There are a number of hidden configuration files in my home directory:

  • some of them are in ~/ (e.g. ~/.cinnamon)
  • some of them are in ~/.config/ (e.g. ~/.config/cinnamon-session)
  • some of them are in ~/.local/share/ (e.g. ~/.local/share/cinnamon-session)

What is the logic as to where home configuration files live?

a) What is the difference between hidden files in these three places?

b) What exactly does "local" mean in this context, vs config, vs home?

c) In the home directory, are there also other important common configuration directories used by multiple applications?

Debian 8.6 Cinnamon 2.2.16


1 Answer 1


There's a long history here when it comes to the general case of "dot files", but the $HOME/.config and $HOME/.local directories that you specifically mention have an origin in the XDG Base Directory Specification.

  • $HOME/.config is where per-user configuration files go if there is no $XDG_CONFIG_HOME.
  • $HOME/.cache is where per-user cache files go if there is no $XDG_CACHE_HOME.
  • $HOME/.local/share is where per-user data files go if there is no $XDG_DATA_HOME.

Windows users may recognize this as a parallel of what Microsoft has had in Windows NT since version 4 (albeit that the names changed in version 6.0):

  • %USERPROFILE%/AppData/Local/ a.k.a. %LOCALAPPDATA% — where per-user data files for this machine go
  • %USERPROFILE%/AppData/Roaming/ a.k.a. %APPDATA% — where per-user data files that a roaming user can access from multiple machines go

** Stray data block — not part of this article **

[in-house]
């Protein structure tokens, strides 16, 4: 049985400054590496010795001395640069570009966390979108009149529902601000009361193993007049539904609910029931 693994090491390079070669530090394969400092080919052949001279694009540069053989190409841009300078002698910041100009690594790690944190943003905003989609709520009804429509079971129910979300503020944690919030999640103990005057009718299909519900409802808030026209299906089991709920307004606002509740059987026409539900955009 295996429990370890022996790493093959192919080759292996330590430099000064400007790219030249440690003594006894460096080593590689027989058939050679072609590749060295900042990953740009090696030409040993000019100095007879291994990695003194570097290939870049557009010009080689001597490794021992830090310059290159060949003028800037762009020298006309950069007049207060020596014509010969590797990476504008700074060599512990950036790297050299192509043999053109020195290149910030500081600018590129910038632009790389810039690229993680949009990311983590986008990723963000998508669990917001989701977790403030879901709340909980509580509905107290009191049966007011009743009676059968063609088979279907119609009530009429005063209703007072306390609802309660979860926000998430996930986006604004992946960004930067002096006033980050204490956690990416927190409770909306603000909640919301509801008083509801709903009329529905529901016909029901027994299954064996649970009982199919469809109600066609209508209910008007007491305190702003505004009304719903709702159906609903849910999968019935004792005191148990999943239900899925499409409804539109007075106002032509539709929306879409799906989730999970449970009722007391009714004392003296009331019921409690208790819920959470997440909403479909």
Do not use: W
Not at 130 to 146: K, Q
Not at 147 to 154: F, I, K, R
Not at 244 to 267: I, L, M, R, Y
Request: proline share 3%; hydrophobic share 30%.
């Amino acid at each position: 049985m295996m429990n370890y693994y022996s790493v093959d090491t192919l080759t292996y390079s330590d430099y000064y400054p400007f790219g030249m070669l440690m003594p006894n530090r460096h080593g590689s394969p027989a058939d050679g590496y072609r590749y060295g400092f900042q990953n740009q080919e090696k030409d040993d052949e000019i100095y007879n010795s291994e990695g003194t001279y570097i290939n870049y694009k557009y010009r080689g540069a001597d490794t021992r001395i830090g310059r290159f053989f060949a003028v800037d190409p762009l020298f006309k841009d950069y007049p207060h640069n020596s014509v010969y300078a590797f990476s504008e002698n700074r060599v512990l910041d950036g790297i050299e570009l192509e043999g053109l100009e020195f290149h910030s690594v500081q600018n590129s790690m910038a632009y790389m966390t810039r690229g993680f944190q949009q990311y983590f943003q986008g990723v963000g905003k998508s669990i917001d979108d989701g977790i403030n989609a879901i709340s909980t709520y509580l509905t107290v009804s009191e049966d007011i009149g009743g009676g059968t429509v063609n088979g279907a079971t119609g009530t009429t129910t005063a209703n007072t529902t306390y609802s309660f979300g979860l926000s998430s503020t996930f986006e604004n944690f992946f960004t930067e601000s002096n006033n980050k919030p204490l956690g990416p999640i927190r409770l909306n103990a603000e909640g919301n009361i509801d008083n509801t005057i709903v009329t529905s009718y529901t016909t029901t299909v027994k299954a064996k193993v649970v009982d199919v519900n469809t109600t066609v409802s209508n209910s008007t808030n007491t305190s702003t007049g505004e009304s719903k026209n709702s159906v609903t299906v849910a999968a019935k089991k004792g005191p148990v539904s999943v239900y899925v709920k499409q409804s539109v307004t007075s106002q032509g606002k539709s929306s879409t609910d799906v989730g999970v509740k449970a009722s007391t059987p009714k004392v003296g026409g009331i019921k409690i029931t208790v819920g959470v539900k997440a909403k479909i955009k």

• %USERPROFILE%/AppData/Local/Temp/ a.k.a. %TEMP% — where per-user temporary files go

The idea is that per-user files can be (amongst quite a lot of other things) application data files (machine-specific or roaming), application configuration files, cached files, and temporary files, and applications place them in subtrees rooted at these particular directories.

(MacOS has a similar system where users get individual per-user "user local" subtrees under /var/folders with C and T subdirectories for cache and temporary files.)

As the Arch people note, there are some "dot" files and directories that have become commonly used by several applications and are unlikely to agree with XDG in the foreseeable future, such as $HOME/.ssh and $HOME/.netrc .

Further reading

  • 2
    XDG stands for "Cross Desktop Group" and defines a standard for various desktop environments. Dec 29, 2022 at 14:52
  • Any idea why .local/share is a 2-level deep directory structure while the others are stored directly in the $HOME dir?
    – marcus
    Mar 14 at 16:05
  • @marcus as the XDG specificationn, under .local you have 3 base directories by default: share, local, and bin. Files there are local to your machine and user, so they are not portable. Files under .config should in principle be portable.
    – zazke
    Nov 24 at 6:22
  • Thanks for your insight, that might be the reason. However, wouldn't .local/share then be a contradiction, i.e. an oxymoron? "share" is supposed to be a location for data file that can be shared between machines (icons, documentation or in other words anything but binary executables and cache) while .local would mean you can't take those file with you to another machine...?
    – marcus
    Nov 24 at 13:47

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